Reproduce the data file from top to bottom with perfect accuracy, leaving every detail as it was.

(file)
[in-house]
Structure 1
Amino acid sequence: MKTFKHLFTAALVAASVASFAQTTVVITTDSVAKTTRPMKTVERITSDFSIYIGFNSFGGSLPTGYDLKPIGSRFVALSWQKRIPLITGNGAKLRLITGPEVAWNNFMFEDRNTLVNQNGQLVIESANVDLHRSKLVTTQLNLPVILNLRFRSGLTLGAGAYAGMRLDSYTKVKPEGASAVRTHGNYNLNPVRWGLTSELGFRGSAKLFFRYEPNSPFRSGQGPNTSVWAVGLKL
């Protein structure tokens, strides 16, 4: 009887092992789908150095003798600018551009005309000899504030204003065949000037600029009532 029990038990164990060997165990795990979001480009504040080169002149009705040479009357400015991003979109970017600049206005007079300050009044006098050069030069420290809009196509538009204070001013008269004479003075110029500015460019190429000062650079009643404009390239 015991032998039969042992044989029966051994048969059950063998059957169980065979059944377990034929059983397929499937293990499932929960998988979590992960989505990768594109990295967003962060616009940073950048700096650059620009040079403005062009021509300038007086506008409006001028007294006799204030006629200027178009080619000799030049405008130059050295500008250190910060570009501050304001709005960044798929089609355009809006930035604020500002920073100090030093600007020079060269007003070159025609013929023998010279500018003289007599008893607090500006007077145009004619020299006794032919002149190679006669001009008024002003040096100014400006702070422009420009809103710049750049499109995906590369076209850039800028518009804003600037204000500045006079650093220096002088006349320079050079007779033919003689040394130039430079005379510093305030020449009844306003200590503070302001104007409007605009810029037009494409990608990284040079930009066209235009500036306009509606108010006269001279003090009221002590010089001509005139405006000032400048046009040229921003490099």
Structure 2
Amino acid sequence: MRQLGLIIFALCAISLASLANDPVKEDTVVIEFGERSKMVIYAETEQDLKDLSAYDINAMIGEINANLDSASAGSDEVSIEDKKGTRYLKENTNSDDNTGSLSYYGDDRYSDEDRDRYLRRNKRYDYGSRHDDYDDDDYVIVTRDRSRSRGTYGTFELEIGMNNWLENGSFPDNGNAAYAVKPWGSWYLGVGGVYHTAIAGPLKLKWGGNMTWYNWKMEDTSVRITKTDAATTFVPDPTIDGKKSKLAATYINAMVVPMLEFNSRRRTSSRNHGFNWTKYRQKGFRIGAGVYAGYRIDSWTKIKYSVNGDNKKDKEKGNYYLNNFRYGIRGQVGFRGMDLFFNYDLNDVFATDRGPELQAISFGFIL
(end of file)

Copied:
[in-house]
Structure 1
Amino acid sequence: MKTFKHLFTAALVAASVASFAQTTVVITTDSVAKTTRPMKTVERITSDFSIYIGFNSFGGSLPTGYDLKPIGSRFVALSWQKRIPLITGNGAKLRLITGPEVAWNNFMFEDRNTLVNQNGQLVIESANVDLHRSKLVTTQLNLPVILNLRFRSGLTLGAGAYAGMRLDSYTKVKPEGASAVRTHGNYNLNPVRWGLTSELGFRGSAKLFFRYEPNSPFRSGQGPNTSVWAVGLKL
């Protein structure tokens, strides 16, 4: 009887092992789908150095003798600018551009005309000899504030204003065949000037600029009532 029990038990164990060997165990795990979001480009504040080169002149009705040479009357400015991003979109970017600049206005007079300050009044006098050069030069420290809009196509538009204070001013008269004479003075110029500015460019190429000062650079009643404009390239 015991032998039969042992044989029966051994048969059950063998059957169980065979059944377990034929059983397929499937293990499932929960998988979590992960989505990768594109990295967003962060616009940073950048700096650059620009040079403005062009021509300038007086506008409006001028007294006799204030006629200027178009080619000799030049405008130059050295500008250190910060570009501050304001709005960044798929089609355009809006930035604020500002920073100090030093600007020079060269007003070159025609013929023998010279500018003289007599008893607090500006007077145009004619020299006794032919002149190679006669001009008024002003040096100014400006702070422009420009809103710049750049499109995906590369076209850039800028518009804003600037204000500045006079650093220096002088006349320079050079007779033919003689040394130039430079005379510093305030020449009844306003200590503070302001104007409007605009810029037009494409990608990284040079930009066209235009500036306009509606108010006269001279003090009221002590010089001509005139405006000032400048046009040229921003490099």
Structure 2
Amino acid sequence: MRQLGLIIFALCAISLASLANDPVKEDTVVIEFGERSKMVIYAETEQDLKDLSAYDINAMIGEINANLDSASAGSDEVSIEDKKGTRYLKENTNSDDNTGSLSYYGDDRYSDEDRDRYLRRNKRYDYGSRHDDYDDDDYVIVTRDRSRSRGTYGTFELEIGMNNWLENGSFPDNGNAAYAVKPWGSWYLGVGGVYHTAIAGPLKLKWGGNMTWYNWKMEDTSVRITKTDAATTFVPDPTIDGKKSKLAATYINAMVVPMLEFNSRRRTSSRNHGFNWTKYRQKGFRIGAGVYAGYRIDSWTKIKYSVNGDNKKDKEKGNYYLNNFRYGIRGQVGFRGMDLFFNYDLNDVFATDRGPELQAISFGFIL